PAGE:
Journal article Open Access

Central Limit Theorem and Its Applications

Sutanapong. Chanoknath; Louangrath, P.

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  <identifier identifierType="DOI">10.5281/zenodo.1321357</identifier>
      <creatorName>Sutanapong. Chanoknath</creatorName>
      <nameIdentifier nameIdentifierScheme="ORCID" schemeURI="">0000-0001-8064-0152</nameIdentifier>
      <affiliation>International Journal of Research and Methodology in Social Science</affiliation>
      <creatorName>Louangrath, P.</creatorName>
      <nameIdentifier nameIdentifierScheme="ORCID" schemeURI="">0000-0001-5272-5159</nameIdentifier>
      <affiliation>Bangkok University - International College</affiliation>
    <title>Central Limit Theorem and Its Applications</title>
    <subject>central limit theorem, distribution</subject>
    <date dateType="Issued">2018-09-30</date>
  <resourceType resourceTypeGeneral="Text">Journal article</resourceType>
    <alternateIdentifier alternateIdentifierType="url"></alternateIdentifier>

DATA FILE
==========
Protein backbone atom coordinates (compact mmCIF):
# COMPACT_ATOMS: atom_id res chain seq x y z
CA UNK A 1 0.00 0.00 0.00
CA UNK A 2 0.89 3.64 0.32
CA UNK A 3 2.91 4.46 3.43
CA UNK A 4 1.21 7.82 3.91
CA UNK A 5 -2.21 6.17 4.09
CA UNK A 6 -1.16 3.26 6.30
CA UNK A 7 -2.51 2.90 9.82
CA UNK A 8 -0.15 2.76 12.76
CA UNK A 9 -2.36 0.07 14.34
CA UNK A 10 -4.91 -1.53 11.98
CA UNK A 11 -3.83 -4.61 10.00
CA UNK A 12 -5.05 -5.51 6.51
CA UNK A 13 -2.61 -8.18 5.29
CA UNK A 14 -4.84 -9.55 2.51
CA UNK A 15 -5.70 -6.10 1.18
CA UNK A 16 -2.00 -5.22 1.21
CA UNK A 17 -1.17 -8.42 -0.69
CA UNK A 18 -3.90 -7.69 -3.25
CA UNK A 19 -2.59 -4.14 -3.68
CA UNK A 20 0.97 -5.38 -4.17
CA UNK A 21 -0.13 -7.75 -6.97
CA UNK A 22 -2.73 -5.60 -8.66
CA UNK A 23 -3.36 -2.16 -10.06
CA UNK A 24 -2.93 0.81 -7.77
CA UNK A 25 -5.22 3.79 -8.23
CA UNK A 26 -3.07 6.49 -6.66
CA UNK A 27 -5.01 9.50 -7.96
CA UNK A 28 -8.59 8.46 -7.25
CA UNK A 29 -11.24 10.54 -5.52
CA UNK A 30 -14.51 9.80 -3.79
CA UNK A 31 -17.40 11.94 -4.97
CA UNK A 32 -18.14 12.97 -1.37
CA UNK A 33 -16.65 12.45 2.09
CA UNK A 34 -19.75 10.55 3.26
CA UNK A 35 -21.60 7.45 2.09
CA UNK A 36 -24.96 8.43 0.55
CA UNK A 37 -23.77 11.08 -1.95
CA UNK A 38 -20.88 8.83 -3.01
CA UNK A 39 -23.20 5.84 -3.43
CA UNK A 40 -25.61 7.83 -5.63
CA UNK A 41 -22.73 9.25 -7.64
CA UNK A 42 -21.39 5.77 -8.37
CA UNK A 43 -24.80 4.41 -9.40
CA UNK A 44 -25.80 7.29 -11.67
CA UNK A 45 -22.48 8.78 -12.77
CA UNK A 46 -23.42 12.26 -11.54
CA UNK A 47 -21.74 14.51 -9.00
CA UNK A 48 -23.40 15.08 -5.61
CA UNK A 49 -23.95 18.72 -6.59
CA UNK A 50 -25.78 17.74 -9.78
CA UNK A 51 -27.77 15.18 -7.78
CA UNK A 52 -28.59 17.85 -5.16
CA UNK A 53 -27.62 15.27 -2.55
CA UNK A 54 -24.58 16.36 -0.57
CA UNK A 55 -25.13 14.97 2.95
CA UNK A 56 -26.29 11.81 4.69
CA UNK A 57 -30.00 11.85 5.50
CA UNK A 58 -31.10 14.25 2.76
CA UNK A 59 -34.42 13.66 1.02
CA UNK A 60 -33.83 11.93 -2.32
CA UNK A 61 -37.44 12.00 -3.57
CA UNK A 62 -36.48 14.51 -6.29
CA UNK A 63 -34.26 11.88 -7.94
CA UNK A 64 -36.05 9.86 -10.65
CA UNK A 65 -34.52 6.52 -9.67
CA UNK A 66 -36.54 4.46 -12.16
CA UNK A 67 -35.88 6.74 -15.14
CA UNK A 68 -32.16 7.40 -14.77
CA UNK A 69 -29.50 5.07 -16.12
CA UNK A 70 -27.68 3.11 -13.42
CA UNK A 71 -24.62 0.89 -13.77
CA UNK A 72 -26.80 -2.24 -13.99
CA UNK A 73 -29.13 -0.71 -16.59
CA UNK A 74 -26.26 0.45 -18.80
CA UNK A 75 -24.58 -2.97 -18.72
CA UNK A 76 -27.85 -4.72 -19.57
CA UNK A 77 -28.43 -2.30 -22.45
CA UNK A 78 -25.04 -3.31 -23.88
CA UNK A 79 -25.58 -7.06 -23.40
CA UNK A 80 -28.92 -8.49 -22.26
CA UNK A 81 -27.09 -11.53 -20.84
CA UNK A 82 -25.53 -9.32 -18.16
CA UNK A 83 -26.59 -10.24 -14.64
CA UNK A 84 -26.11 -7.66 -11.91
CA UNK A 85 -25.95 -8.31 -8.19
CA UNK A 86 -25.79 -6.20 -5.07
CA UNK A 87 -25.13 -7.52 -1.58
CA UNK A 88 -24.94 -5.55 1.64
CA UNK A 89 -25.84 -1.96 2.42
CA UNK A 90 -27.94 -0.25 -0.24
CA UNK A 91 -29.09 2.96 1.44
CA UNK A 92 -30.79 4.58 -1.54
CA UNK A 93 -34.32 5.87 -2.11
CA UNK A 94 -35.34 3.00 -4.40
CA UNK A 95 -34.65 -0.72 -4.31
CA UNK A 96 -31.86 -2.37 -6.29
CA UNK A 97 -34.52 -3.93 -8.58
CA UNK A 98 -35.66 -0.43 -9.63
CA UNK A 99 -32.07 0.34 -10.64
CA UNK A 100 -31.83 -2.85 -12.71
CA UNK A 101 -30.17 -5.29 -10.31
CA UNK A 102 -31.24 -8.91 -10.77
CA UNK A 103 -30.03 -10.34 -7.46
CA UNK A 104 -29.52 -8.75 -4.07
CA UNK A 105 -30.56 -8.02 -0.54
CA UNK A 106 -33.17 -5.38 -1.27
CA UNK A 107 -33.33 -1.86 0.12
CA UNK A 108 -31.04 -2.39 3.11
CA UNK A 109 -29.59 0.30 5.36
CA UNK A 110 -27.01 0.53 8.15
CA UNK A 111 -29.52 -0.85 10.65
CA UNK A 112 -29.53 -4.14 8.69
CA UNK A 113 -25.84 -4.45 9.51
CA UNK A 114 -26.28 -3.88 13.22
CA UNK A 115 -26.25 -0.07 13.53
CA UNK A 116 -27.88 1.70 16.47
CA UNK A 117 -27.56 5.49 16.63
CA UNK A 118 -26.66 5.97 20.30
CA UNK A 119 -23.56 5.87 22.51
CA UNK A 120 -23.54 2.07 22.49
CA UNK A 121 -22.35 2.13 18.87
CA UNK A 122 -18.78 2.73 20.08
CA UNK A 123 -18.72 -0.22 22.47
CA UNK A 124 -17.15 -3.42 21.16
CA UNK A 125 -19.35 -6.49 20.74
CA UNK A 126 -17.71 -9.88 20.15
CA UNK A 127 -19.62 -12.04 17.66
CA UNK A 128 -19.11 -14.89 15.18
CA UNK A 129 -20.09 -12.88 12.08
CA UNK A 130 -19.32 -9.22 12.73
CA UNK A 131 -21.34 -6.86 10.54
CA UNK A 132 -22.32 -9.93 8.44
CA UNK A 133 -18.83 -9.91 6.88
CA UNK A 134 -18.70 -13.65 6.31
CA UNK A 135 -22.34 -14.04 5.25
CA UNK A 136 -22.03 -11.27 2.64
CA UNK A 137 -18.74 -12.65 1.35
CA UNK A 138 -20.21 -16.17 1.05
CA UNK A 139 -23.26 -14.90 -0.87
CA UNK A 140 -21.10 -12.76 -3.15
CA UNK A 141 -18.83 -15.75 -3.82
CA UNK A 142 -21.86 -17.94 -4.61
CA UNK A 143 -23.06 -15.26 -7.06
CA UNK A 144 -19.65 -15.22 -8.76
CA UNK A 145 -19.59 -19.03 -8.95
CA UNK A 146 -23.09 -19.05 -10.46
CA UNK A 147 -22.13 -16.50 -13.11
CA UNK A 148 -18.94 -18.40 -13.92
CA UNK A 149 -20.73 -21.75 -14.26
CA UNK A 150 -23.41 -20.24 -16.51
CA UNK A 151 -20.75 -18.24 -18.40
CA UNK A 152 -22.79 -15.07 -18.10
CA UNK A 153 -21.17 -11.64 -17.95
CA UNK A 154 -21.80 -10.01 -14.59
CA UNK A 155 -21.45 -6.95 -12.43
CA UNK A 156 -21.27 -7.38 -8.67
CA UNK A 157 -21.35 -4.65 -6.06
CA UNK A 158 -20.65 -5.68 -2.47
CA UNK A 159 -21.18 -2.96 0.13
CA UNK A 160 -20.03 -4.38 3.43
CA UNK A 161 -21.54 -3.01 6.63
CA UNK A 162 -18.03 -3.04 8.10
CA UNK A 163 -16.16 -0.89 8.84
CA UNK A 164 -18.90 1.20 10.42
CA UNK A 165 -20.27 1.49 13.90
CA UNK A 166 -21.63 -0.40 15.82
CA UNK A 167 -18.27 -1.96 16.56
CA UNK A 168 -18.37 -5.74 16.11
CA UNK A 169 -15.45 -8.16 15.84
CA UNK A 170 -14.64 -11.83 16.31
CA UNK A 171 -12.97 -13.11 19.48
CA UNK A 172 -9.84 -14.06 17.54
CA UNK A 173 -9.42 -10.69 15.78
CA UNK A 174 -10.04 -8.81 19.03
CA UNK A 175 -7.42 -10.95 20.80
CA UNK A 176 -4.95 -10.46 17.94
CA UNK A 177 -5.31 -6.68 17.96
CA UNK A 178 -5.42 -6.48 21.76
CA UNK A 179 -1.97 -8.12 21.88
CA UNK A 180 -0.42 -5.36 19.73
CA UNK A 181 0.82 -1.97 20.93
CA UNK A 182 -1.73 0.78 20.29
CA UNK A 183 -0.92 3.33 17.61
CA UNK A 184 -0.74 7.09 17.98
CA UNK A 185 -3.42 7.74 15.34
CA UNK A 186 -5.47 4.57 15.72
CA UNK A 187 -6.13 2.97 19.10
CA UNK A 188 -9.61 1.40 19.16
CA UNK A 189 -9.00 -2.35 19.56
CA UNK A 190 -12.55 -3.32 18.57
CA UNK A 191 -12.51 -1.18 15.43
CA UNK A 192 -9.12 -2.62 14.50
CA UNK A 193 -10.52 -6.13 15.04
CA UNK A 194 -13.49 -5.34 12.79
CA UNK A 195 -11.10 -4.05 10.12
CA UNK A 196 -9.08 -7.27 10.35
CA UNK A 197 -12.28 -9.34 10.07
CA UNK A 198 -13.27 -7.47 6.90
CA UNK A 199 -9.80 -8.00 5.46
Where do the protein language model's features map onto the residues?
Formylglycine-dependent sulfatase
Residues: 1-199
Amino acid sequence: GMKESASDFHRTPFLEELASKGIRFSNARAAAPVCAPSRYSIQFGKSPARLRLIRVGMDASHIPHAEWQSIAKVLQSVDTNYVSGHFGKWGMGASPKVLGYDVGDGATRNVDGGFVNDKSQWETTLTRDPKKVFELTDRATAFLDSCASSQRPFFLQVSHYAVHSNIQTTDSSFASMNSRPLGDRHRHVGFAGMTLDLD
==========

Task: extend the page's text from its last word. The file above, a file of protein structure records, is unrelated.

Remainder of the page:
<relatedIdentifier relatedIdentifierType="DOI" relationType="IsVersionOf">10.5281/zenodo.1321356</relatedIdentifier>
    <rights rightsURI="">Creative Commons Attribution 4.0 International</rights>
    <rights rightsURI="info:eu-repo/semantics/openAccess">Open Access</rights>
    <description descriptionType="Abstract">&lt;p&gt;The purpose of this paper is to explain the central limit theorem and its application in research. Two concepts are constant companions in statistics: Central Limit theorem and distribution. The central limit theorem states that the arithmetic mean of sufficiently large number of iterations of independently random variable is the expected value of the iterations, and it is normally distributed with the mean equal to the expected value. Distribution is the probability of occurrence of a certain value within a defined range of values. The distribution type that describes the central limit theorem is the normal distribution curve. A normal distribution curve describes the probability distribution of continuous data. A normal distribution curve has the following properties: (i) it is symmetric around the point where &lt;em&gt;x = mu&lt;/em&gt;; (ii) unimodal; (iii) it has two inflection points at &lt;em&gt;x = mu - s&lt;/em&gt; and&lt;em&gt; x = mu + s&lt;/em&gt;; (iv) it is log-concave in shape; and (v) it is infinitely differentiable.&lt;/p&gt;</description>
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